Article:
The Continuing Evolution of Blacks and Gay Marriage
The black community is moving towards acceptance of marriage equality
The views expressed in this Op-Ed do not reflect that of Loop 21.
Last week, President Obama once again made history by coming out in support of same-sex marriage. It was an announcement that came after months of reflection, evolving and conversations with friends and family -- not to mention Vice President Biden’s getting ahead of the announcement. Not surprisingly, Obama's support sparked conversation and debate across the country.
Immediately, the far right and groups like the National Organization for Marriage (NOM) started salivating over this. They are ready to try and pull out the 2004 playbook and use gay marriage as a wedge issue. Mitt Romney’s surrogates have publicly said that they will campaign around the country trying to get state constitutional amendments against gay marriage on ballots.
But I don’t think that will work this time. The GOP may not want to hear this, but views are changing. As Pew notes, “In 2004, Americans younger than 30 were divided (48% opposed, 45% favored). Today, young people favor gay marriage by more than two-to-one (65% to 30%).” And overall, a majority of Americans support same-sex marriage.
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And they are also changing among African-Americans. My colleagues at CAP put together an infographic (see on page 2) that shows the change in support among blacks and Latinos. Now, it is true, that support in the black community lags behind the rest of the country. But the important stat is the trend line. Like with the economy, what marriage equality advocates want to see are the trend lines moving in the right direction.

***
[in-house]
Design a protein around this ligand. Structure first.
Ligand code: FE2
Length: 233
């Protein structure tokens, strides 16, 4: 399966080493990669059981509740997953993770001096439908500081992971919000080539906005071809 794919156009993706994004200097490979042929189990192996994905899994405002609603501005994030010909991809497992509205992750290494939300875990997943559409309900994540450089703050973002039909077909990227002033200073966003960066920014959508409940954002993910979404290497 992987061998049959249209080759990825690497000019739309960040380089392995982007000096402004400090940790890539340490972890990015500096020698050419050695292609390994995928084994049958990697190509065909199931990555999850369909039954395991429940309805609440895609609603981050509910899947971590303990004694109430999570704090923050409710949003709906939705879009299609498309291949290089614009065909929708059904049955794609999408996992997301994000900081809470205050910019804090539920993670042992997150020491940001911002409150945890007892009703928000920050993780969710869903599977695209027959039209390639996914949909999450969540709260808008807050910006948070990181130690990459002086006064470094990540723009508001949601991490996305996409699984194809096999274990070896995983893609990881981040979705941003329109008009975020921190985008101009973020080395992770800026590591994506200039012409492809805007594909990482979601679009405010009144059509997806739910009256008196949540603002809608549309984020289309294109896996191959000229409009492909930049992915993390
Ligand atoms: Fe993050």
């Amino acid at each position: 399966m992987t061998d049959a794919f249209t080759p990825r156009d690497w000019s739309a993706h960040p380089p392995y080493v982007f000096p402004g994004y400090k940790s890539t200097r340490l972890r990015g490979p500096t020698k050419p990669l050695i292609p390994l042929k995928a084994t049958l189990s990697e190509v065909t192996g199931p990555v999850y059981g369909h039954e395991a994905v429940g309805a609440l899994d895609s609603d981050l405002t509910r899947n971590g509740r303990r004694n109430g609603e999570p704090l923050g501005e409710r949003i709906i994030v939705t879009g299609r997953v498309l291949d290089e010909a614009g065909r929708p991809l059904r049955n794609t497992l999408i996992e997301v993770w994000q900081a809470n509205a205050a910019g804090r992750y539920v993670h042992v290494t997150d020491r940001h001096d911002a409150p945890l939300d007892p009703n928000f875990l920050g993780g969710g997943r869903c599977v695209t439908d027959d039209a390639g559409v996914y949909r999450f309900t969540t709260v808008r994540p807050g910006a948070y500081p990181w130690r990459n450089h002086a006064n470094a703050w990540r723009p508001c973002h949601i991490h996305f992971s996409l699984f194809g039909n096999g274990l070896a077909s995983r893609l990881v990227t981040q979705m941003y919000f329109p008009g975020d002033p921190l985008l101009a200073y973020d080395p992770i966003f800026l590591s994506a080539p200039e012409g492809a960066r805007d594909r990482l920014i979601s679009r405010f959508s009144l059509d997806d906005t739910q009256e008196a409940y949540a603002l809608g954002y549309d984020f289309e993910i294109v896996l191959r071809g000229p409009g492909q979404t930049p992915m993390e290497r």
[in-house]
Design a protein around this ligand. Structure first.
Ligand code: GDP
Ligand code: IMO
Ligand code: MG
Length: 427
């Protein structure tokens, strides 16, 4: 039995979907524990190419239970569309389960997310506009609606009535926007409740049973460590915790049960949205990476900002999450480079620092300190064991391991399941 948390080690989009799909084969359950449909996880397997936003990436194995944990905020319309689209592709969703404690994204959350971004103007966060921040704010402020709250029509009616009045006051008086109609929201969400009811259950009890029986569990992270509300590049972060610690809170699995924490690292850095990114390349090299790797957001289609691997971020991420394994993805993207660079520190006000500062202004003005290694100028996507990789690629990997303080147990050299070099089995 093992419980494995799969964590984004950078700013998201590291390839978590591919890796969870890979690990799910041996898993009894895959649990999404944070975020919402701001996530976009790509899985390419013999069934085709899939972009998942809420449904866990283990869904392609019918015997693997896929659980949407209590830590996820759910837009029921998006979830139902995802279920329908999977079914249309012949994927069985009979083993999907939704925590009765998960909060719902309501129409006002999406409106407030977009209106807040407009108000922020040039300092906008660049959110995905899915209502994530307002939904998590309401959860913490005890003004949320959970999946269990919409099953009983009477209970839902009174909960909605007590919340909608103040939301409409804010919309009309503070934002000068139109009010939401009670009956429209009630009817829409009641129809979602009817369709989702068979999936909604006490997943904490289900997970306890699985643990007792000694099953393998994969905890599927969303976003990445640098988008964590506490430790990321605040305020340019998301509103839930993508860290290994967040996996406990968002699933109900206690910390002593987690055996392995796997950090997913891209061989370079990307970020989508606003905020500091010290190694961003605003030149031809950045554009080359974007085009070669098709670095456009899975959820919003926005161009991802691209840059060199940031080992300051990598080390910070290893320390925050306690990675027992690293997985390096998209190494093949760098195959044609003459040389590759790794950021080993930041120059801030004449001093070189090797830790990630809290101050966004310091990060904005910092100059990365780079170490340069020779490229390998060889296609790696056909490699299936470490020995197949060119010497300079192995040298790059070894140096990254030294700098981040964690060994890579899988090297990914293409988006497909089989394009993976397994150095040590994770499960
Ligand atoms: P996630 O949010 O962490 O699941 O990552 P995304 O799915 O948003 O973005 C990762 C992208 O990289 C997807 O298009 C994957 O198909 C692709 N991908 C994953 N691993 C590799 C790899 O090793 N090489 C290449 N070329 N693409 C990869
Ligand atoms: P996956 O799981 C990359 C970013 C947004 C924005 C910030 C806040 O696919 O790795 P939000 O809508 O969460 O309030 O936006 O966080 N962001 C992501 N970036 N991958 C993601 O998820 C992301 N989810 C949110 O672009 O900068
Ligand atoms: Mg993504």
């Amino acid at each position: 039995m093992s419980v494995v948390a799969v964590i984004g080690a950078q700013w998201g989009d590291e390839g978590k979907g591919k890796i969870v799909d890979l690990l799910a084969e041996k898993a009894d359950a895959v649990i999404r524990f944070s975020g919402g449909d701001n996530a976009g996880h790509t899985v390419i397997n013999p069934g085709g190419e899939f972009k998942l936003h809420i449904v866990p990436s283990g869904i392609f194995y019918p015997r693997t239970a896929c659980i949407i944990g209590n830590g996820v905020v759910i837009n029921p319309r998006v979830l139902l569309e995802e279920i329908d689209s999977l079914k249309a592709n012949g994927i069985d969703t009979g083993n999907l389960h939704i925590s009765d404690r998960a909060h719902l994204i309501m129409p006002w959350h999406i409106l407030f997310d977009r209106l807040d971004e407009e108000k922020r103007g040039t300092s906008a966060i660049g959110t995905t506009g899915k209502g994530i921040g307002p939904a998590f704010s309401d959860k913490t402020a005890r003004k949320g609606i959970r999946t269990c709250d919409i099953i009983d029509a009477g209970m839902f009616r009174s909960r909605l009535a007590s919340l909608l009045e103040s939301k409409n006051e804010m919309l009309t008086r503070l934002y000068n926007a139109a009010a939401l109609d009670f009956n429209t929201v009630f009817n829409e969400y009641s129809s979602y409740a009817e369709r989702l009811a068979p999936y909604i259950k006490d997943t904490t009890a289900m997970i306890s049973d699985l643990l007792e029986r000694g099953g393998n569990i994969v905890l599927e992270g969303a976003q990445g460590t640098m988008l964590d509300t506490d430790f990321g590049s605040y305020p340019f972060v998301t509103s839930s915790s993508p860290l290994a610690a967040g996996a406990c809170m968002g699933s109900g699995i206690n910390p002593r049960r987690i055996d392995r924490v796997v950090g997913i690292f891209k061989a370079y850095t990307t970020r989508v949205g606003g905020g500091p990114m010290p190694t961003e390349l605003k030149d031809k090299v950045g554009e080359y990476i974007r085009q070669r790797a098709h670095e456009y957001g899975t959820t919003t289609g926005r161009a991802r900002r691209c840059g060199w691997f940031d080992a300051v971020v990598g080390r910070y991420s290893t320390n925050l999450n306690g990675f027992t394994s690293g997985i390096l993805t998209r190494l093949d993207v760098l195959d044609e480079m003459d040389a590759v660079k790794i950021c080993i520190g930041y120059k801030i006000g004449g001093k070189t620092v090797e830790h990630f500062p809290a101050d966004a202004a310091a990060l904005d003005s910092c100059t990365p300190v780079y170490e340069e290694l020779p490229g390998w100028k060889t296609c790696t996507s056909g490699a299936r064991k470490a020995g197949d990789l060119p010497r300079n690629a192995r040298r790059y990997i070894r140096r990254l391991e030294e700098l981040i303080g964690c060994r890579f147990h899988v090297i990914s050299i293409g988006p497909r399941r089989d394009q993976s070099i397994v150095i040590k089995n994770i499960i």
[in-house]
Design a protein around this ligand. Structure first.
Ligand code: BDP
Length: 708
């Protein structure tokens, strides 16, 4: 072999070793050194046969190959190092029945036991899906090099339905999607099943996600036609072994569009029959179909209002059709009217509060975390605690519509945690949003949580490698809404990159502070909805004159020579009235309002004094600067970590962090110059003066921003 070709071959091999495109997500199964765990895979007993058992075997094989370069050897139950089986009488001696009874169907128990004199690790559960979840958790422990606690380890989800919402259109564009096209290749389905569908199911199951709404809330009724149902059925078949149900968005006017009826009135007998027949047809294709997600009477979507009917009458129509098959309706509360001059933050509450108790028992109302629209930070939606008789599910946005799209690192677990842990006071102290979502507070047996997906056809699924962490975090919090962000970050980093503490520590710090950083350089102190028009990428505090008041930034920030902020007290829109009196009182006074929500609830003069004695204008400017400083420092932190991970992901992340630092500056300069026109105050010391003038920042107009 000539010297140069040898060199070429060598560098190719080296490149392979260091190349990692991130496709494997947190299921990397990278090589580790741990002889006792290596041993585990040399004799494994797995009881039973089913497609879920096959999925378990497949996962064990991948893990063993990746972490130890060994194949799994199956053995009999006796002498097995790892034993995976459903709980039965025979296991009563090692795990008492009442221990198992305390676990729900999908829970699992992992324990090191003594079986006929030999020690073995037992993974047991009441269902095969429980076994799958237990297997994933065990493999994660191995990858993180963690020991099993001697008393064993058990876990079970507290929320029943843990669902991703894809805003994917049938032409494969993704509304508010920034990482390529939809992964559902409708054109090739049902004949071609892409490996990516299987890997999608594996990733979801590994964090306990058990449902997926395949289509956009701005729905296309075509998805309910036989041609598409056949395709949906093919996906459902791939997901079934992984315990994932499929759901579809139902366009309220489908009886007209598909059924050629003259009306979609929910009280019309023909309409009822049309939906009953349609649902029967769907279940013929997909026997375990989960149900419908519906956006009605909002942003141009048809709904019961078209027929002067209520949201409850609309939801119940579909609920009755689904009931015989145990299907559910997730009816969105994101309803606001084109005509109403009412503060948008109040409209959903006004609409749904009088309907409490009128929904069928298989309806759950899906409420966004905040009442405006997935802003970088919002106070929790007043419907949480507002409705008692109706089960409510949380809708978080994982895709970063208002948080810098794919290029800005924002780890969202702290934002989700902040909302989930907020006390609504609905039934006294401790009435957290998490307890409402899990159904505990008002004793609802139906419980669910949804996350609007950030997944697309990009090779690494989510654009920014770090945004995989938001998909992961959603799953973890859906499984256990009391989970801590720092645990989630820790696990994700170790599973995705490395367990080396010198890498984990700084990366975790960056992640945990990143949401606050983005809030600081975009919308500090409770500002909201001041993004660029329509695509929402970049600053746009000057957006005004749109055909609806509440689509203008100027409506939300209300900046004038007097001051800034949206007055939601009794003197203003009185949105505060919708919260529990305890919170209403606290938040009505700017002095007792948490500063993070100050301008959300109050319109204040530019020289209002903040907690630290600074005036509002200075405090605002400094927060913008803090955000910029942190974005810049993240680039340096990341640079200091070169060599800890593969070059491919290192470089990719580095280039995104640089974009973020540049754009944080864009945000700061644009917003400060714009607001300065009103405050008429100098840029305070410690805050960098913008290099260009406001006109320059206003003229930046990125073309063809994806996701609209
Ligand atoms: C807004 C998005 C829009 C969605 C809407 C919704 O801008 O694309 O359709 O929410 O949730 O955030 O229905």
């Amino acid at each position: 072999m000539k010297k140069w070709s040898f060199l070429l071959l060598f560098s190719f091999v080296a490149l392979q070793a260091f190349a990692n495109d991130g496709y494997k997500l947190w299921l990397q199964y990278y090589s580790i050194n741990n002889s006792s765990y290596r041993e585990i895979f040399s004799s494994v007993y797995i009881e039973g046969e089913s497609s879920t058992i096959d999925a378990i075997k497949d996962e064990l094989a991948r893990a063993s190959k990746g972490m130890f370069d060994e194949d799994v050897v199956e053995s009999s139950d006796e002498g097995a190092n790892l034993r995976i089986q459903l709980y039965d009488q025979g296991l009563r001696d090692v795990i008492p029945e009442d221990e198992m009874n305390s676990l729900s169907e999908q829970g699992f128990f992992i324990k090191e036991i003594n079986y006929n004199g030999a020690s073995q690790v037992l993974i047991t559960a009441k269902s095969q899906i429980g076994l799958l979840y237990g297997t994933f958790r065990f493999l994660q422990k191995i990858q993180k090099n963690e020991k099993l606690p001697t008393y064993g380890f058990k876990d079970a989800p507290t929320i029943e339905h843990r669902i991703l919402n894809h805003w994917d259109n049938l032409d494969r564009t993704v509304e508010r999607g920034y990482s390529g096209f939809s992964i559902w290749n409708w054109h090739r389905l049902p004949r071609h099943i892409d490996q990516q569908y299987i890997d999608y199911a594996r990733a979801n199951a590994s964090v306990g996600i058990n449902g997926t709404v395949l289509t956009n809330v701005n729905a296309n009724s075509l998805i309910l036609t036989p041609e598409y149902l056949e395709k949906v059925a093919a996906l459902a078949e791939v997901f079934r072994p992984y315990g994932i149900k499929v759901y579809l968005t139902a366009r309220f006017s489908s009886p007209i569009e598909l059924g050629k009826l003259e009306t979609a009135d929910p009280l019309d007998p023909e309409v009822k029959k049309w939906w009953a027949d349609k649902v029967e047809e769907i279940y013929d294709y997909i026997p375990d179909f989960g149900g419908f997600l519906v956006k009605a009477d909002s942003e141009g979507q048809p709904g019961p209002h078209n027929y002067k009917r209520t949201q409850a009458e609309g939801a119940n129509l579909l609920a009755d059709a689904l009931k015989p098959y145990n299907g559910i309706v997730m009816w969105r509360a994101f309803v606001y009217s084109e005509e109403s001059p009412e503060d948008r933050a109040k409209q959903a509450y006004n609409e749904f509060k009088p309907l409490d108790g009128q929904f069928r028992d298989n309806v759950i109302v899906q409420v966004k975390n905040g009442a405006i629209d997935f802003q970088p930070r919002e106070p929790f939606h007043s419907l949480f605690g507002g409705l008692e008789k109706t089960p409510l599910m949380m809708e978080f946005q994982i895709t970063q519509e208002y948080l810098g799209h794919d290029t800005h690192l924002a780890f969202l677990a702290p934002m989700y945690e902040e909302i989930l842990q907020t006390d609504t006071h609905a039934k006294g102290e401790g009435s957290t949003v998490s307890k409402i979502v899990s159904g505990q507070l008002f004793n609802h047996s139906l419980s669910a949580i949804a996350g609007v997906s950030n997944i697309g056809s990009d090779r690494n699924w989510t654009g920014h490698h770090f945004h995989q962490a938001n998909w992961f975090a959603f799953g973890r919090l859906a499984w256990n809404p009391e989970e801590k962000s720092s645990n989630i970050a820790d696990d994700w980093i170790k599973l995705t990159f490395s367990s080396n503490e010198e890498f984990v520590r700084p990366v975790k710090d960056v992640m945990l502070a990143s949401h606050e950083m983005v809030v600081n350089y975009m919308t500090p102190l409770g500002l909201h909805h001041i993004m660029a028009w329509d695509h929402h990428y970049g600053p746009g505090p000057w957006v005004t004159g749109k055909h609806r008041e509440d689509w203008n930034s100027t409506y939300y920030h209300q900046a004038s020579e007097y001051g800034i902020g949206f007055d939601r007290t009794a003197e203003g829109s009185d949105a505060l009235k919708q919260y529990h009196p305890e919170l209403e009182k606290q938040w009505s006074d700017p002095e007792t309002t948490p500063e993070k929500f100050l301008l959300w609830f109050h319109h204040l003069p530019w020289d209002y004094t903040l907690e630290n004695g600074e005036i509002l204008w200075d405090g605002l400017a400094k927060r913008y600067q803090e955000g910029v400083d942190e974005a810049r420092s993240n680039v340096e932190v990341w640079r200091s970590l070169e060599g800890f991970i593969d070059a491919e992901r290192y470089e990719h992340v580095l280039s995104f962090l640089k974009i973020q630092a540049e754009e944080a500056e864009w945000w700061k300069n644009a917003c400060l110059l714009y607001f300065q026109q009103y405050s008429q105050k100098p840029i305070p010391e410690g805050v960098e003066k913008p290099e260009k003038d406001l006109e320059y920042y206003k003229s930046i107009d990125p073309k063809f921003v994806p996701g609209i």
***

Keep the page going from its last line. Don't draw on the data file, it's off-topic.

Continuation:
It’s clear that with a 13% jump from 1996 to now, support in the black community is moving towards acceptance of marriage equality. And among younger African Americans, the change is even more pronounced. As Ron Brownstein points out, in 2004, 32% of 18-29 African Americans approved same-sex marriage. In 2011-2012, that number skyrocketed to a 51% majority.
That’s not to say there won’t be challenges. Already you anecdotally have some black ministers saying they will have to speak out against the President on Sunday. And while support is growing within the community there are still some pockets of people who oppose.
But will large numbers of African Americans, who have been supporting this president at record levels, really turn away and from him now? I really don’t think so. To assume that assumes that they only vote with Obama because they agree with him 100% on all issues. I don’t think there is any group that agrees 100% with anyone, even among the ideologically puritan tea party members.
Among black voters, I think it is quite possible that voters will turn out in droves for Obama while still opposing gay marriage. That is what happened in 2008 in California when black voters overwhelmingly supported Obama but then on the same ballot voted against same-sex marriage.
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That might be what we witness in November. But it is important to note and remember that there are people with vested interests in making this a bigger issue than it really is with the sole mission of driving down black voter turnout. Sure, there are some divisions within the community on gay marriage. But you can’t look at those poll numbers and say that things are not moving in the direction of equality. You have black leaders from the civil rights movement to the church that are standing up and supporting marriage equality.
You have younger people who are much more accepting of gay marriage than their parents. And now you have a very popular black president, who just created the space for other African Americans to evolve with him.
Daniella Gibbs Léger, a former special assistant to President Obama, is the Vice President for American Values and New Communities at the Center for American Progress.